- Learn a new skill. There is so much to be done during the school year that the summer break is a great time to learn something new. Teach the kids how to bake and they will have snacks too. Maybe your child wanted to learn how to play a musical instrument. Go to your local music store and see if they rent instruments. With all the resources available on YouTube, you could save money on lessons in case it isn’t an instrument your child is truly interested in. What about teaching your middle school child how to do laundry? Or teaching your high schooler how to balance a checkbook? There are so many new things to learn that summer break allows us all time to explore.
- Paid work. Do you have older children? Nothing inspires a teenager more than the concept of earning their own money. Your child may not be old enough to go to work full time, but there are lots of opportunities available. Check with the local pool to see if they are hiring for part time work. Often small businesses will offer seasonal work to teenagers who are too young to enter the workforce but are looking for ways to make money. There are always parents looking for babysitters – make some flyers for the neighborhood. If there are a lot of younger kids in the neighborhood, maybe your teenager would be interested in running a mini day camp. This gives the neighborhood kids something to do during the day AND gives their parents a break.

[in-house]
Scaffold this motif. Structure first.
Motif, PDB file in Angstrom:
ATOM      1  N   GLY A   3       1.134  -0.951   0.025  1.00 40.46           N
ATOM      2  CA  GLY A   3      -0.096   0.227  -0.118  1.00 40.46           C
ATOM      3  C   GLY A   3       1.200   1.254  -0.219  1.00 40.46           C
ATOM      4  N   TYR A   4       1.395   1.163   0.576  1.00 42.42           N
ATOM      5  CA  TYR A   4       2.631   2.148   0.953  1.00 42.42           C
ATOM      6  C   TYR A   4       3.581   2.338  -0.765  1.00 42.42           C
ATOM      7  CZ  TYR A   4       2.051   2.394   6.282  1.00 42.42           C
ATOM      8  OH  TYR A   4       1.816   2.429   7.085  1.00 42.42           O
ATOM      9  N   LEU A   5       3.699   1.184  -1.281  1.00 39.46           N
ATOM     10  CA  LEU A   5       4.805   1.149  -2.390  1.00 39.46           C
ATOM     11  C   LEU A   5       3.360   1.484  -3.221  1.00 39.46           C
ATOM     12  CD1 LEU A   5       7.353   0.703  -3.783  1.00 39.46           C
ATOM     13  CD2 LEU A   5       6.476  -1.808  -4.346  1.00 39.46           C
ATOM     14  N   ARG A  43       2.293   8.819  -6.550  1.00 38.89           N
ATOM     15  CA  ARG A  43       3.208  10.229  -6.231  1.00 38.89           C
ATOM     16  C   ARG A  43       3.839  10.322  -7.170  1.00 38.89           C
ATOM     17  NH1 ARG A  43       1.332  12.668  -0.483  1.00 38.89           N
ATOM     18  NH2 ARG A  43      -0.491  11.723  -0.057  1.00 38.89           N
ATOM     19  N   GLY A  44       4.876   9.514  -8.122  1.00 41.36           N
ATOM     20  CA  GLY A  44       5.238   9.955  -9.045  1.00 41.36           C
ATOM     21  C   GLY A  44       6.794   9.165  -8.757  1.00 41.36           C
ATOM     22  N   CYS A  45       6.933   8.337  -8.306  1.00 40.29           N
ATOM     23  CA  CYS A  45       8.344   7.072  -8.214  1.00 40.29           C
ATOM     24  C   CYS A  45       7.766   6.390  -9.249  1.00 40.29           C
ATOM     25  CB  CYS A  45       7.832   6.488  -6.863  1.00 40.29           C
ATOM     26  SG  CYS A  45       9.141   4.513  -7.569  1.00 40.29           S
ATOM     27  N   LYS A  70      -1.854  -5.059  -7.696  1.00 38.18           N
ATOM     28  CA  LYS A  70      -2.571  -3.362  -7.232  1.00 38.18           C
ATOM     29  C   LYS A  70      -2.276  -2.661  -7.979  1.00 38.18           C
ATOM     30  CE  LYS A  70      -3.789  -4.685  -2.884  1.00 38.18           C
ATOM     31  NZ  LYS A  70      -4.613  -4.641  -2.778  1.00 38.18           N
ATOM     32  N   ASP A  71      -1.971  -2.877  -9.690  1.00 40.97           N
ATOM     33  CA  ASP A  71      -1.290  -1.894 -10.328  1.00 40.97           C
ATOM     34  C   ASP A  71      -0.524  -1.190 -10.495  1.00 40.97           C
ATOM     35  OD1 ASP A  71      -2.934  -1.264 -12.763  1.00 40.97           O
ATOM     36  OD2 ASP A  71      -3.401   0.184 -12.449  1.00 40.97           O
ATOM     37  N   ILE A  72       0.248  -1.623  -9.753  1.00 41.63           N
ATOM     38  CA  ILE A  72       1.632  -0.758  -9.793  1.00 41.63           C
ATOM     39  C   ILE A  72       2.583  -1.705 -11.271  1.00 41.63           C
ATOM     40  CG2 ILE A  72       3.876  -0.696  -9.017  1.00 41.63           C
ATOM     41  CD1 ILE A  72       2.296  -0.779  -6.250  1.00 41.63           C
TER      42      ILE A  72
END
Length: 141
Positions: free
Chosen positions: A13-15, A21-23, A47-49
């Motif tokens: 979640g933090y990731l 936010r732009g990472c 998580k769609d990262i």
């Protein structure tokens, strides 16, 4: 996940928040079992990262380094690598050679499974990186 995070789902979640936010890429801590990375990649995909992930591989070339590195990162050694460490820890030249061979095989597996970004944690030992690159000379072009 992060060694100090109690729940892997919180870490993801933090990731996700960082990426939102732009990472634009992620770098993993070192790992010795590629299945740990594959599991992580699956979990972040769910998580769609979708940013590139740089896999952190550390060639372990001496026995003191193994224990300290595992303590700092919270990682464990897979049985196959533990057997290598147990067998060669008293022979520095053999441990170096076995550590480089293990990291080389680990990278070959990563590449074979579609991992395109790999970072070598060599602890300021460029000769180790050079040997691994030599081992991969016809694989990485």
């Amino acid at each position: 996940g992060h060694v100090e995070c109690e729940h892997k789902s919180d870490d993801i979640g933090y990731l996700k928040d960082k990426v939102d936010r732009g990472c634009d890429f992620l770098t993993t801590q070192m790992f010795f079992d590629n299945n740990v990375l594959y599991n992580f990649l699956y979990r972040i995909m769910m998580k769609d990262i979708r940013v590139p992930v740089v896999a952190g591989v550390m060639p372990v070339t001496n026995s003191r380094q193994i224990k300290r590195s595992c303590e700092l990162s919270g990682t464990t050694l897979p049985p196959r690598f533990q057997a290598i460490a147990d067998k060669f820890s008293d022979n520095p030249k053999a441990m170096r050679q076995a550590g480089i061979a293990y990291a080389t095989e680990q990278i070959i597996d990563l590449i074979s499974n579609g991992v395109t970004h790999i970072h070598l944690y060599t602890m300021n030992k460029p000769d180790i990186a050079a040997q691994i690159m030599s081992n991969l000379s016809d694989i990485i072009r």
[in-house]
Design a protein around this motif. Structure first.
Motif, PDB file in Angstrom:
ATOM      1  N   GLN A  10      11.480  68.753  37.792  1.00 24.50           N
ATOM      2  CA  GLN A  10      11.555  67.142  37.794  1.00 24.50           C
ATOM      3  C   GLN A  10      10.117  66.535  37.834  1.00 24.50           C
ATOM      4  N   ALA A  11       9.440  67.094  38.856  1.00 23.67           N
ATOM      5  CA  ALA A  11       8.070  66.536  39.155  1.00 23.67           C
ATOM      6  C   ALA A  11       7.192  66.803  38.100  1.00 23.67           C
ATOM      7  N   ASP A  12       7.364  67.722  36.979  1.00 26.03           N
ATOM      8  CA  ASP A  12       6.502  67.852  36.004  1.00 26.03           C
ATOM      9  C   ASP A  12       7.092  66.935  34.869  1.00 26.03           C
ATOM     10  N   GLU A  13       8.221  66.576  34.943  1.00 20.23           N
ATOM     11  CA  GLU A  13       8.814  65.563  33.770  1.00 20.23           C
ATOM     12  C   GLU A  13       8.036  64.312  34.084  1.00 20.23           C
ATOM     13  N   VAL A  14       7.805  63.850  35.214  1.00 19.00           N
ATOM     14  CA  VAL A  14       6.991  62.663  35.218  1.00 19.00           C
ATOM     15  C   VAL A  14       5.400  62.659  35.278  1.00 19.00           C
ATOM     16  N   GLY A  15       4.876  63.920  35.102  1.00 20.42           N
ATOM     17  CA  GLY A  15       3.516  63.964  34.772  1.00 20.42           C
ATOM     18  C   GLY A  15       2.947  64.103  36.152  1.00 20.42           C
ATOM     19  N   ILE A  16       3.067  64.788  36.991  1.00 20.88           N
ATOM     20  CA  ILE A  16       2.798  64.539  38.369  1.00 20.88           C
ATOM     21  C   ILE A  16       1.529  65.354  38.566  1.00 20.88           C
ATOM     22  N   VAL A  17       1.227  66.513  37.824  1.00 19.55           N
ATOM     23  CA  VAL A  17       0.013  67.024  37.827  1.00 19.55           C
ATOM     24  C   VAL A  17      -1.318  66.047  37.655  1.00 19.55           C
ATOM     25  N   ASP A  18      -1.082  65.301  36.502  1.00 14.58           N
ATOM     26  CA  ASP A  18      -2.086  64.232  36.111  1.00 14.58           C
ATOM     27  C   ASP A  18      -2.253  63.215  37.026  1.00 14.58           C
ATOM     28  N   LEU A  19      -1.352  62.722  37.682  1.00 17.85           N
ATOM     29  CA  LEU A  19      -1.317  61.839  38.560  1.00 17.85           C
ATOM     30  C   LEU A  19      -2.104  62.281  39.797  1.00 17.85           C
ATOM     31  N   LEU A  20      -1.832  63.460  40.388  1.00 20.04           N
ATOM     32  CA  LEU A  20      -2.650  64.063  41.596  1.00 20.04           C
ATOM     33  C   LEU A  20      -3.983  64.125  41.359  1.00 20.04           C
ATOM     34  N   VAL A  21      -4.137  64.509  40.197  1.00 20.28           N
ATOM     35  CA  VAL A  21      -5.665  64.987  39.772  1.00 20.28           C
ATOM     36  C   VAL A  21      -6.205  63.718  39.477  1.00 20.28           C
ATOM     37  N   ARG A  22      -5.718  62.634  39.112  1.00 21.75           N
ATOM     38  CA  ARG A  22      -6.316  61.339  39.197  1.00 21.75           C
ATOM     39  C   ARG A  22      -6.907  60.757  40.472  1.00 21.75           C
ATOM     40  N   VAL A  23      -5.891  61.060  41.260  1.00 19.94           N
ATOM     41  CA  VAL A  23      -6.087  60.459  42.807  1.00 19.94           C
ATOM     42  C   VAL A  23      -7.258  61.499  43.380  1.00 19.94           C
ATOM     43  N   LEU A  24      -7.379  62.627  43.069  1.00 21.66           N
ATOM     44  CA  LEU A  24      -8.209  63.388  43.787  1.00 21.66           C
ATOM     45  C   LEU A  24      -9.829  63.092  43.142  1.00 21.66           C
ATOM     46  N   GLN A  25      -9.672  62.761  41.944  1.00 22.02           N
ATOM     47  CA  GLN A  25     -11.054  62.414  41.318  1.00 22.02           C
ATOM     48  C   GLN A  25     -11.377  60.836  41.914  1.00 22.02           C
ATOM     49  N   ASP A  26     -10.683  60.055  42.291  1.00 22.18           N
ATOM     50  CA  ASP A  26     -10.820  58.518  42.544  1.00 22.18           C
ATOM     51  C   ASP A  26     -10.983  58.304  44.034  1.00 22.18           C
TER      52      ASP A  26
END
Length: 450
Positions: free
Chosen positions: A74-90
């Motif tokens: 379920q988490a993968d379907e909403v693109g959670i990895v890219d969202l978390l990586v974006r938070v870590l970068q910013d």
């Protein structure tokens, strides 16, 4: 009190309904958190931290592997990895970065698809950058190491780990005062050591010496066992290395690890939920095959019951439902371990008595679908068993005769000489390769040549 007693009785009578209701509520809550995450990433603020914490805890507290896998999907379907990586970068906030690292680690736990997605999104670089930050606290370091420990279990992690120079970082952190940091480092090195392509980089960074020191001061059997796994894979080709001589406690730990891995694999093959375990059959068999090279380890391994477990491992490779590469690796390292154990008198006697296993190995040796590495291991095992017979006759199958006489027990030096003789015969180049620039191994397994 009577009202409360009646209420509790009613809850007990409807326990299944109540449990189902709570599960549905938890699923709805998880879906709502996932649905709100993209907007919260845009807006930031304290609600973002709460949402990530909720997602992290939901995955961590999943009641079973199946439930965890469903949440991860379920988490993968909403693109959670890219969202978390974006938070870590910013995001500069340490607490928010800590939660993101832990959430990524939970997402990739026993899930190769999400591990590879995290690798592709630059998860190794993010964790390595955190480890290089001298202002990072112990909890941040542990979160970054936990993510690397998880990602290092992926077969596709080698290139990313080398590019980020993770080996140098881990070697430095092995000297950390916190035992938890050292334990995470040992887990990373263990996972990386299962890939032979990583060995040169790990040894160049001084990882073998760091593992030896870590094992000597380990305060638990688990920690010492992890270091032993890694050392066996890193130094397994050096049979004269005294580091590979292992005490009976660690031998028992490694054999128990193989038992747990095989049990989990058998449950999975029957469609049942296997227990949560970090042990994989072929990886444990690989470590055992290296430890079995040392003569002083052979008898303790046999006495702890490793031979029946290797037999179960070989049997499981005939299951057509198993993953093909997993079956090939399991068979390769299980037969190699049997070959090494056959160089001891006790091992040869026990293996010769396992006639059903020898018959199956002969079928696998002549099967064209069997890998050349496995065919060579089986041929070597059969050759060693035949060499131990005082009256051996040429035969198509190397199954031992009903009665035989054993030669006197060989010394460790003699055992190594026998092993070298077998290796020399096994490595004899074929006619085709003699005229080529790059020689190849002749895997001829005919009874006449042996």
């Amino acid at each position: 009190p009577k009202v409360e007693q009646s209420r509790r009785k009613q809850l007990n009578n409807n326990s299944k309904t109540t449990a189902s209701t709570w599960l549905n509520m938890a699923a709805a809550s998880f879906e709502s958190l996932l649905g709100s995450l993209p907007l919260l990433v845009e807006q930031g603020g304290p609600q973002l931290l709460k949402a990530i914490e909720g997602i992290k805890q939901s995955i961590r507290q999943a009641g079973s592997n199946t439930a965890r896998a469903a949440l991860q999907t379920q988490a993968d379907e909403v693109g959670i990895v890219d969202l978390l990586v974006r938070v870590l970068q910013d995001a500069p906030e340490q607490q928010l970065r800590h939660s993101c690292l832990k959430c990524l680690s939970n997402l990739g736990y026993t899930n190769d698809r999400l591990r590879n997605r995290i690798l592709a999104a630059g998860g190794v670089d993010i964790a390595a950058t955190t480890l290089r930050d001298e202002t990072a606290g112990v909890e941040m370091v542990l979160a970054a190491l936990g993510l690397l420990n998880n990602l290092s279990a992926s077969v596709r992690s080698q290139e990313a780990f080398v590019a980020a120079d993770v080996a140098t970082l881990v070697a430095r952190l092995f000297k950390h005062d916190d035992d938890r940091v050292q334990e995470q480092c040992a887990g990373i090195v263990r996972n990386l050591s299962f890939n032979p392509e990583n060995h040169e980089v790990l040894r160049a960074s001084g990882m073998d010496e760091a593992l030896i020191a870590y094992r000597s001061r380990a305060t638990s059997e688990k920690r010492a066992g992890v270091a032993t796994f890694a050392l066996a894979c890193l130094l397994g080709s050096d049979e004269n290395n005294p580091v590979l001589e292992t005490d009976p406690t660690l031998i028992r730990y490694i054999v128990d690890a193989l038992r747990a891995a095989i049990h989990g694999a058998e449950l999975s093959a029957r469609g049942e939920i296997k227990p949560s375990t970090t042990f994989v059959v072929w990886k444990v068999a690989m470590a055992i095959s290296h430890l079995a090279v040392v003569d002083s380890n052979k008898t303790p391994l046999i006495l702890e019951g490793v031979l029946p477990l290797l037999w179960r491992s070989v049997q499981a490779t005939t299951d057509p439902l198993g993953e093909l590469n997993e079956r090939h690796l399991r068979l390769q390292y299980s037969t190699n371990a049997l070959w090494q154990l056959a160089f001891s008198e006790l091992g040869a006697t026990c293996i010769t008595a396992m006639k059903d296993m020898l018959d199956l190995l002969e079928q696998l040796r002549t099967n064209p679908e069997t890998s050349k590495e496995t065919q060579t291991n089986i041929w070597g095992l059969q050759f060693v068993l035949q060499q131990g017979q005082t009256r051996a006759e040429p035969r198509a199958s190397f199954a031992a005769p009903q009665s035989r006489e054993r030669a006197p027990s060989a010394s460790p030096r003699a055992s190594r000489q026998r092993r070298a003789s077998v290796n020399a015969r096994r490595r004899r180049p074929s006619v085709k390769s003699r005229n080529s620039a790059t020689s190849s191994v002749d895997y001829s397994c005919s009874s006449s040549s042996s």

- Look for free events. Home Depot, Lowes, and even Pottery Barn will often hold free kids’ workshops. Keep an eye and ear out for these types of events. Local libraries will also hold events for kids, like story time for younger children or teen book clubs. Some libraries even offer classes like coding and computer programming or creative writing.
- At home activities. Be sure to have a plan for those days that are just too hot to venture outside. Have your kids invite some friends over to put on a talent show. Depending on the number of kids and the amount of time you allow for practice and decorating, this could be a whole day event. Or have a movie day where the kids watch a couple of movies. Then you can host a trivia time with questions about the movie. The child with the most correct answers can win prizes or the opportunity to choose the next movie to watch.
- Babysitting Swaps. If there are parents in the neighborhood that have kids around the same age, arrange a swap to give the other parents a break. Sometimes it is easier to manage a larger number of children that can entertain each other than to have one or two that expect you to entertain them.